Roche limit

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Roche limit

 (rōsh)
n.
The smallest distance at which a natural satellite can orbit a celestial body without being torn apart by the larger body's gravitational force. The distance depends on the densities of the two bodies and the orbit of the satellite.

[After Edouard Albert Roche (1820-1883), French mathematician.]
American Heritage® Dictionary of the English Language, Fifth Edition. Copyright © 2016 by Houghton Mifflin Harcourt Publishing Company. Published by Houghton Mifflin Harcourt Publishing Company. All rights reserved.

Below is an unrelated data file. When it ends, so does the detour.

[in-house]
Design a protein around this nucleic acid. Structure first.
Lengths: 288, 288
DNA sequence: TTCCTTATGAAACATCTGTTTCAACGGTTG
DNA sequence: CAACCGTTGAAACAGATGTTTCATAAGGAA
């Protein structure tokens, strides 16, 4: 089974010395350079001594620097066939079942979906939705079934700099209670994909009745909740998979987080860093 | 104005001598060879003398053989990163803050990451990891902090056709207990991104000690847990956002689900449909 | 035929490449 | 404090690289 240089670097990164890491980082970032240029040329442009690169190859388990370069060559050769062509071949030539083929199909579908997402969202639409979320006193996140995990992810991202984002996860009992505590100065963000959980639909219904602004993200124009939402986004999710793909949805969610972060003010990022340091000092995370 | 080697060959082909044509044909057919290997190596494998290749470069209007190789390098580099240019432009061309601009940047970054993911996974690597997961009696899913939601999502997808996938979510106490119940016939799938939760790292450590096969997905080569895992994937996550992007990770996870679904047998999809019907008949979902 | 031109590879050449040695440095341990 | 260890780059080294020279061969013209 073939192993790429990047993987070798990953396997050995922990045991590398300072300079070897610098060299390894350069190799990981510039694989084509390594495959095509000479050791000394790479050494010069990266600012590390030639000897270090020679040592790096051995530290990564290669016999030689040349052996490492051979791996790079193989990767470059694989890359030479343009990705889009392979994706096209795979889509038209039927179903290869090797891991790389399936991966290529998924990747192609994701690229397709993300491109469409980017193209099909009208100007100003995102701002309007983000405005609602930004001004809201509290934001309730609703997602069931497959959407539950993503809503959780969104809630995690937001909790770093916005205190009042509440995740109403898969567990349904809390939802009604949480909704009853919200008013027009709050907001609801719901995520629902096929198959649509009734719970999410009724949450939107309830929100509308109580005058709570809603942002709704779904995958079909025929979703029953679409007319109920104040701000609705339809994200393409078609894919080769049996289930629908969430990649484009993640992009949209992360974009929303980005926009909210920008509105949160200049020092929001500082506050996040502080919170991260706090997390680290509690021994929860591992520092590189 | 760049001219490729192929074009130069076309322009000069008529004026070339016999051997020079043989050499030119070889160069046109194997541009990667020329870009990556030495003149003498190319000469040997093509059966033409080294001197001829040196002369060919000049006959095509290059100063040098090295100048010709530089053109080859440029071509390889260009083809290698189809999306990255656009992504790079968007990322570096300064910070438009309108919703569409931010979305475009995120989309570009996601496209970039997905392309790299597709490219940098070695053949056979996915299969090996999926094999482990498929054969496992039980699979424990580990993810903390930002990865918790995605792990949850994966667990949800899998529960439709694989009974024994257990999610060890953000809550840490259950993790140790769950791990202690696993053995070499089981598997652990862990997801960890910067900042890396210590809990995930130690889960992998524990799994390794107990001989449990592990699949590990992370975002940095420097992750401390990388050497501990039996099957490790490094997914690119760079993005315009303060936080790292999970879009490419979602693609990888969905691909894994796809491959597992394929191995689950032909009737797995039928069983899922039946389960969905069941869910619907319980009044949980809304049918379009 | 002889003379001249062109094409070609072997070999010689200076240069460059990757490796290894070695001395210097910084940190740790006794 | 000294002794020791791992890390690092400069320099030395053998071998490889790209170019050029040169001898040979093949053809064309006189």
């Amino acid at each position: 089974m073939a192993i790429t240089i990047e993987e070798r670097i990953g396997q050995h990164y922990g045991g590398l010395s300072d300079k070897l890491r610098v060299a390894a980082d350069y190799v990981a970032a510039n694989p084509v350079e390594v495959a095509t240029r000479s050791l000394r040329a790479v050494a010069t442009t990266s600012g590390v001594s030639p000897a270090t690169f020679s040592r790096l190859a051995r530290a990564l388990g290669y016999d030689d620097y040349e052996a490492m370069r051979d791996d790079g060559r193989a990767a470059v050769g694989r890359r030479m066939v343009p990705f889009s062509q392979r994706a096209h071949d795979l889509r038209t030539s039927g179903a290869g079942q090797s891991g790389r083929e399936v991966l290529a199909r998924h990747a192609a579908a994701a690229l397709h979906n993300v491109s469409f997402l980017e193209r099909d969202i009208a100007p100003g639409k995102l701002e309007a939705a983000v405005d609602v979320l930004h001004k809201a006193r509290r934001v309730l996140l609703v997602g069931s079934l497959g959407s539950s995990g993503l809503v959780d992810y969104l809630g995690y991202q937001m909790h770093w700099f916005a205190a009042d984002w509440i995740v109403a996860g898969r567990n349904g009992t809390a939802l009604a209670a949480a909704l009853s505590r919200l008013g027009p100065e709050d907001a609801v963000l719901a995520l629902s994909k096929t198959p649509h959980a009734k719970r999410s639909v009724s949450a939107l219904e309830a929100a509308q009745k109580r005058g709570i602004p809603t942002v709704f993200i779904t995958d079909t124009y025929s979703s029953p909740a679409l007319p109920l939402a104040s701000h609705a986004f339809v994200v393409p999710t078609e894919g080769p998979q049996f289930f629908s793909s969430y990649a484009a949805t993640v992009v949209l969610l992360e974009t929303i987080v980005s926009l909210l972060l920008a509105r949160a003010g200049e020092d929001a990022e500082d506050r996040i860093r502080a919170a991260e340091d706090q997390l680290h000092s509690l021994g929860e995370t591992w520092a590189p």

Roche limit

(rɒʃ)
n
(Astronomy) astronomy the distance from the centre of a body, such as a planet, at which the tidal forces are stronger than the mutual gravitational attraction between two adjacent orbiting objects
[C19: named after E. A. Roche (1820–83), French mathematician]
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The December 1996 edition - number 14 - featured Roche limits, planetary albedo, stable planetary moon systems, numerical integration, thermal inertia, geodesy, and even a list of World Wide Web sites about asteroids.